Journey to nonprofit: Winters Open Mic prepares for the future

The Winters Open Mic is free and is open to the public every third Thursday and currently hosted at 22 Main St. at 7 p.m. (Courtesy photo)

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The recently revamped Winters Open Mic, after a hiatus during the pandemic, opened its doors again and did so as a 509(a)2 non-profit. Sam Hawk, the organization’s executive director, shared what exactly this means for Winters Open Mic, how it came about, and how other organizations in Winters can do the same.

Hawk explained that the motivation behind making Winters Open Mic a nonprofit was to, “build a self-sustaining permanent open mic in Winters.”

“Our status as a public charity enables us to support artistic growth and development in our community and enhance our local culture,” because, “Winters Open Mic is a 100 percent volunteer operation.”

“Everyone involved…donate(s) their time, energy, and ideas to create a professional-quality performance platform for amateur musicians and poets.” But Hawk notes that, “it takes a lot of time, energy, technical expertise, and money to run an open mic,” and that, “as a nonprofit, Winters Open Mic can accept donations and support from sponsors, which enable us to serve the community in a sustainable fashion.”

To make this change possible, Hawk said the organization required lots of planning, a process that began in March as he researched into and developed a checklist for what was needed for an organization to become a nonprofit. 

“The checklist included filing the appropriate applications, assembling a board of directors, developing the organization’s bylaws, and then holding a meeting with the board to approve the bylaws and set an agenda.” Hawk described the passion and efficacy of the assembled board, which includes Treasurer Corinne Martinez, Secretary Rebecca Fridae, Directors Gregg Partridge and Gar House, and Board Chair Jesse Loren.

The organization then determined which nonprofit model most fit for Winters Open Mic, and applied for tax-exempt status with the IRS, as well as relevant paperwork and applications with the Office of the Attorney General, the California Secretary of State, and the Franchise Tax Board. When their application was approved in October of this year, Winters Open Mic officially became a 501(c)3 status nonprofit with the sub-category designation of 509(a)2. 

What this actually means, Hawk explained, is that “Winters Open Mic will fund operations through grants, donations, and sponsor support rather than requiring any one individual to pay for equipment or resources necessary for the program’s success.”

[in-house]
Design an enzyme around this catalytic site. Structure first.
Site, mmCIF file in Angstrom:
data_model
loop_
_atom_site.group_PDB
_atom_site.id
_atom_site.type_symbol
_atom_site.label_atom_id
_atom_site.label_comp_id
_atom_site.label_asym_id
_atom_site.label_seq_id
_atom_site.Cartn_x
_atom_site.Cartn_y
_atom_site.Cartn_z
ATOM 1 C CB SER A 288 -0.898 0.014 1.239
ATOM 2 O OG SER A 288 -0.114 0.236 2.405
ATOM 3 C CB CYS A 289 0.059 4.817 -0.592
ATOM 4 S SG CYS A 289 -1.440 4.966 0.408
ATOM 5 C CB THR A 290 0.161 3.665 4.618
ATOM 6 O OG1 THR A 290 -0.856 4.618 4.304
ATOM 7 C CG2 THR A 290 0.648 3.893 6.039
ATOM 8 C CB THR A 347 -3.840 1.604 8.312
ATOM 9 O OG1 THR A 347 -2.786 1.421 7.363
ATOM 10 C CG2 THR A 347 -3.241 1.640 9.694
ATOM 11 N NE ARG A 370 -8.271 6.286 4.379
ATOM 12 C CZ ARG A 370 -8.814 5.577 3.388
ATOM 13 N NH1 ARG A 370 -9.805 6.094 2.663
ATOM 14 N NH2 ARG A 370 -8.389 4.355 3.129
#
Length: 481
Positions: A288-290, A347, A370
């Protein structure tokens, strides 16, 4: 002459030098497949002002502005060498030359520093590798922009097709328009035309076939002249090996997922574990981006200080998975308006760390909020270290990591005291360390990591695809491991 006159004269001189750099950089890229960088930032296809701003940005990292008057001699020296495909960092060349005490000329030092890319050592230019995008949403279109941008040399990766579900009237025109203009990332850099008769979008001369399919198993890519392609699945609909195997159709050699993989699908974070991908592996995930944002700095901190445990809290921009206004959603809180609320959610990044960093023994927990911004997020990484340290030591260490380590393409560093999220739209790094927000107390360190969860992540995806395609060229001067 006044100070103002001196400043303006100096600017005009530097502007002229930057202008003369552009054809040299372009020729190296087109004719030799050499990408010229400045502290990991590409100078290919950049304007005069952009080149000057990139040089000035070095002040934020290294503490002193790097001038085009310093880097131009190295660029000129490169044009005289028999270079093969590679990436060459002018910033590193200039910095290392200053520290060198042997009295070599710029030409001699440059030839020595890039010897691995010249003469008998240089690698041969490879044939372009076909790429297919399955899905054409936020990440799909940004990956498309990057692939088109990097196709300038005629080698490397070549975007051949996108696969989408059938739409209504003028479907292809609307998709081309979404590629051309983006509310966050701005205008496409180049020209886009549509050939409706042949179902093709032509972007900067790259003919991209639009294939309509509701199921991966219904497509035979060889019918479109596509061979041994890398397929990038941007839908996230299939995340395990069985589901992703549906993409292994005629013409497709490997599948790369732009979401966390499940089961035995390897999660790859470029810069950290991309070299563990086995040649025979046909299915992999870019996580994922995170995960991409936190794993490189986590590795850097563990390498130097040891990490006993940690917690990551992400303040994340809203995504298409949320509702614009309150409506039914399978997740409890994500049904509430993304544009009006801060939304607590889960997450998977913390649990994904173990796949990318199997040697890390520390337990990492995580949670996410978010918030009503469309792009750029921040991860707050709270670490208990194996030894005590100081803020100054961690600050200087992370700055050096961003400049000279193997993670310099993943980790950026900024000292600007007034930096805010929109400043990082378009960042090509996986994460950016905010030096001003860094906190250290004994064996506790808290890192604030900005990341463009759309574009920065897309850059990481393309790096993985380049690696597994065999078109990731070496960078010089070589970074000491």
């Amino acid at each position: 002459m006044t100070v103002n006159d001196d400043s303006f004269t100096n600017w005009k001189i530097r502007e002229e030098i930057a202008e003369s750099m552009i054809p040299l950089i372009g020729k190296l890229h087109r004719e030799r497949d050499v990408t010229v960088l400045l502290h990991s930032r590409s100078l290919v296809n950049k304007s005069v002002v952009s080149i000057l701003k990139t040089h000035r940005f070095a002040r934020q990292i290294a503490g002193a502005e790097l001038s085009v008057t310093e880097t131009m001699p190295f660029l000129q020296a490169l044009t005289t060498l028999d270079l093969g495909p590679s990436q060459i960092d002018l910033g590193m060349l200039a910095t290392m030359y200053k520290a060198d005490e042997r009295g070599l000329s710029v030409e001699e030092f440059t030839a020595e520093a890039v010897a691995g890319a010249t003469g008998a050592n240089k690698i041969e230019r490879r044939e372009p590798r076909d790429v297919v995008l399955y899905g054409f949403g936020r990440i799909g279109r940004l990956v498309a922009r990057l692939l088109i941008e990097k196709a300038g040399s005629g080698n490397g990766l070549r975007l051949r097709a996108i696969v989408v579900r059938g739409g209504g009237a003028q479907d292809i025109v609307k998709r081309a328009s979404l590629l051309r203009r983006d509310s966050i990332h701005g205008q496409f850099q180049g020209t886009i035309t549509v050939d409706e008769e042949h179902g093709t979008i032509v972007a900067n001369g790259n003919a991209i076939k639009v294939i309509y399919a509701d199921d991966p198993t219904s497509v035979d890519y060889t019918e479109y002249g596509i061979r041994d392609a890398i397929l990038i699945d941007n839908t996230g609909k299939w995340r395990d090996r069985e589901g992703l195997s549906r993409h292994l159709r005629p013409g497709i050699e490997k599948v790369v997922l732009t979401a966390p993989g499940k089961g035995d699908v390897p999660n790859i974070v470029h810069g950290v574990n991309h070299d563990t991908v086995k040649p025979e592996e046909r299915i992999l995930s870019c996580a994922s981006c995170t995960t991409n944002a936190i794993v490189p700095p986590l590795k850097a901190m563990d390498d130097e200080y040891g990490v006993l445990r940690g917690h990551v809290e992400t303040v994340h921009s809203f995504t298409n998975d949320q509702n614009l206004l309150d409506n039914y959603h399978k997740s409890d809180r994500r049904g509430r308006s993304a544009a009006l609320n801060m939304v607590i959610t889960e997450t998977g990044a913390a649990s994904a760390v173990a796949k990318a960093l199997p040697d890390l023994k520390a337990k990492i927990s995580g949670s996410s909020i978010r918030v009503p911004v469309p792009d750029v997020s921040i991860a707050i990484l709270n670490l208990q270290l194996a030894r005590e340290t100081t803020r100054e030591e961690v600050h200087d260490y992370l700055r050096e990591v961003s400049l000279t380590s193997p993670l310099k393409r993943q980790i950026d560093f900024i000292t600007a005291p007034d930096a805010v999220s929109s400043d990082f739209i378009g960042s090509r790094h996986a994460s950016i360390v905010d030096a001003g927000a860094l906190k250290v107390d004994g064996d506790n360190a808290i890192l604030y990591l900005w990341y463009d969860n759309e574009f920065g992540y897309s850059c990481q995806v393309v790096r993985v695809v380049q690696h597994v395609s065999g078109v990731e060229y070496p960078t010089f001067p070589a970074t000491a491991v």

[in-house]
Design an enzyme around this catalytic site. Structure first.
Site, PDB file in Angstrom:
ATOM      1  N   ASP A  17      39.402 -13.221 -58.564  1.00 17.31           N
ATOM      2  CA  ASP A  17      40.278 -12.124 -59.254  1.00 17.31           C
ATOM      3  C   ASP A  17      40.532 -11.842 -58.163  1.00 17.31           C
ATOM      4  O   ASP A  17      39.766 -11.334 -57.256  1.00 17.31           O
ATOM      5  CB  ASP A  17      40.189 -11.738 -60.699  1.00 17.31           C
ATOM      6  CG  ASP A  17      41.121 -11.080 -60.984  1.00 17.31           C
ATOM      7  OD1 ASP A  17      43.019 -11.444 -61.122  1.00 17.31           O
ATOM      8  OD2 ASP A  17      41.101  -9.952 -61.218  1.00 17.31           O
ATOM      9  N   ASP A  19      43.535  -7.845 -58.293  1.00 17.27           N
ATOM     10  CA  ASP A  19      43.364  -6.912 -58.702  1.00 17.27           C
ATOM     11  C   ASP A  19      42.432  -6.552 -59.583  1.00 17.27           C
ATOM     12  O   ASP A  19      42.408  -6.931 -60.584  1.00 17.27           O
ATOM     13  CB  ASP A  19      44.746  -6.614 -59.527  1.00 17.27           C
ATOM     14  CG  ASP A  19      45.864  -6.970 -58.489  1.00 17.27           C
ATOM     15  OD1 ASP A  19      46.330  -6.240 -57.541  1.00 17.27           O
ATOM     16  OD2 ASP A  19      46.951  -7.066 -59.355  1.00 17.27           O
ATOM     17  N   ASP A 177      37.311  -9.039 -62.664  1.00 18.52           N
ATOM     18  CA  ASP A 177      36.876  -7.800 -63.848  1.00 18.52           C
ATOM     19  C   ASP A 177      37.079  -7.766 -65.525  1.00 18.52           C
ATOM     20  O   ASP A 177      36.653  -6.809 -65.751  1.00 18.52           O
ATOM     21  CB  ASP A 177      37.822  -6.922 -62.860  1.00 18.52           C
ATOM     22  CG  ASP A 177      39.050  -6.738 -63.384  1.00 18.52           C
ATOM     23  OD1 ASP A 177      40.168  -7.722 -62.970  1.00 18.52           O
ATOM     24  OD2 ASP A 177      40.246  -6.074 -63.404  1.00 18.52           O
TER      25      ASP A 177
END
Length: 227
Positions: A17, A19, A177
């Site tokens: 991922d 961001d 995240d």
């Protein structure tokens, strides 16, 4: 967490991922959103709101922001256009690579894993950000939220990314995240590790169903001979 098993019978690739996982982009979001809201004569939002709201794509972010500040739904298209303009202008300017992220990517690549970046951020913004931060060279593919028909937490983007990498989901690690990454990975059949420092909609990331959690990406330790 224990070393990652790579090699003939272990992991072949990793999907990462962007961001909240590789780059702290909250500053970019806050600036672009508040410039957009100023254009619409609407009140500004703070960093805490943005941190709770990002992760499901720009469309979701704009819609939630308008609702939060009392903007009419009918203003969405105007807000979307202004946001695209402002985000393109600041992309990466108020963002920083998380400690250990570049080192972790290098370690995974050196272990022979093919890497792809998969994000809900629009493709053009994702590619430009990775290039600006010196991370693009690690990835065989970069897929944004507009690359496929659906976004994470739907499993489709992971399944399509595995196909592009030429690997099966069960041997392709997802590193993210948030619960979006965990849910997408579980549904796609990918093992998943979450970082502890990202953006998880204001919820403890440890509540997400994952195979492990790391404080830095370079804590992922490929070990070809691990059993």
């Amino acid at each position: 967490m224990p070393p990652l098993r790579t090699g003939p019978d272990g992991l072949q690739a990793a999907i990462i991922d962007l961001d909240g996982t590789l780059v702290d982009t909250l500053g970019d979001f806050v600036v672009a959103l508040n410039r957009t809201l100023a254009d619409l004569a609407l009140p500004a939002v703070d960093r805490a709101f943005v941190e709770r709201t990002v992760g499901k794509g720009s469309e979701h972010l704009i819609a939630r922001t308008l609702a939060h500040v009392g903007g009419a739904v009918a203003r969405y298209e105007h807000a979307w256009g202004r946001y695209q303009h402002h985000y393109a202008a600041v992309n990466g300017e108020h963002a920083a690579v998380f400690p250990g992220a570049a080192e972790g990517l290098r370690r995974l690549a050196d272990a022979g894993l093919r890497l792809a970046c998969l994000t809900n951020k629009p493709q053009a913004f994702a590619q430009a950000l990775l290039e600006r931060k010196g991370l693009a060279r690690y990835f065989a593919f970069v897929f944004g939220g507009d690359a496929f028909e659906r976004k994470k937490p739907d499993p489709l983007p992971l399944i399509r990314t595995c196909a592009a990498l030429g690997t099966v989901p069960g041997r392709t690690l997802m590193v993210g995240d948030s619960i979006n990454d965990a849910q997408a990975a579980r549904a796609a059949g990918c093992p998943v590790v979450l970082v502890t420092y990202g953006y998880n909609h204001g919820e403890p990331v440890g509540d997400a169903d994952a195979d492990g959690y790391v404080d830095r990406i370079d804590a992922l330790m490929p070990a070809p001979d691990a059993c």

With this model, Winters Open Mic will be able to provide, “quality audio equipment, a venue for performances, and opportunities for musicians and poets to perform,” as well as, “educational opportunities for locals to be trained as crew members and assist with setting up and running live sound at events,” which according to Hawk means, “Winters Open Mic is positioned to thrive over the years, even if leadership, board members, or crew members change.”

“This program fulfills a key role in Winters’ development as a vibrant arts-focused community,” Hawk said.

In addition to helping new musicians and poets hone their performance skills, Winters Open Mic programs are a way for seasoned artists to try out new material on live audiences and to meet other musicians and potential collaborative partners. Local businesses through sponsorships and community members through donations are afforded tangible ways (to) show their support of our growing creative community. All of this is a win-win for Winters, which continues to attract more visitors as our reputation as an arts community grows.”

In advice to other organizations in Winters interested in becoming a nonprofit, Hawk suggested first and foremost visiting the IRS website on the topic to help determine which type of nonprofit structure their organization aligns with.

“Follow guidance for assembling a board of directors and carefully select members based on the skills, abilities, and resources they will bring to your board,” Hawk advised, and suggested looking for online resources like the Council of Nonprofits, as well as, “(being) sure to get legal advice and have a qualified attorney review important documents, especially the bylaws.”

Even if the process seems like a cumbersome task, Hawk heartily encourages anyone with any interest to pursue it. 

“If you believe in your project and the good it will bring to your community, then forming a successful nonprofit organization is well worth the time, effort, and cost,” Hawk said.

Winters Open Mic happens every third Thursday of the month at 13 Main St. (formerly the Palms). Shows start at 6 p.m. with sign-ups to perform starting at 5 p.m. The next Winters Open Mic is taking place on Thursday, Jan. 19. For more information, visit, email, or visit its social media platforms by searching @wintersopenmic on Facebook and Instagram.

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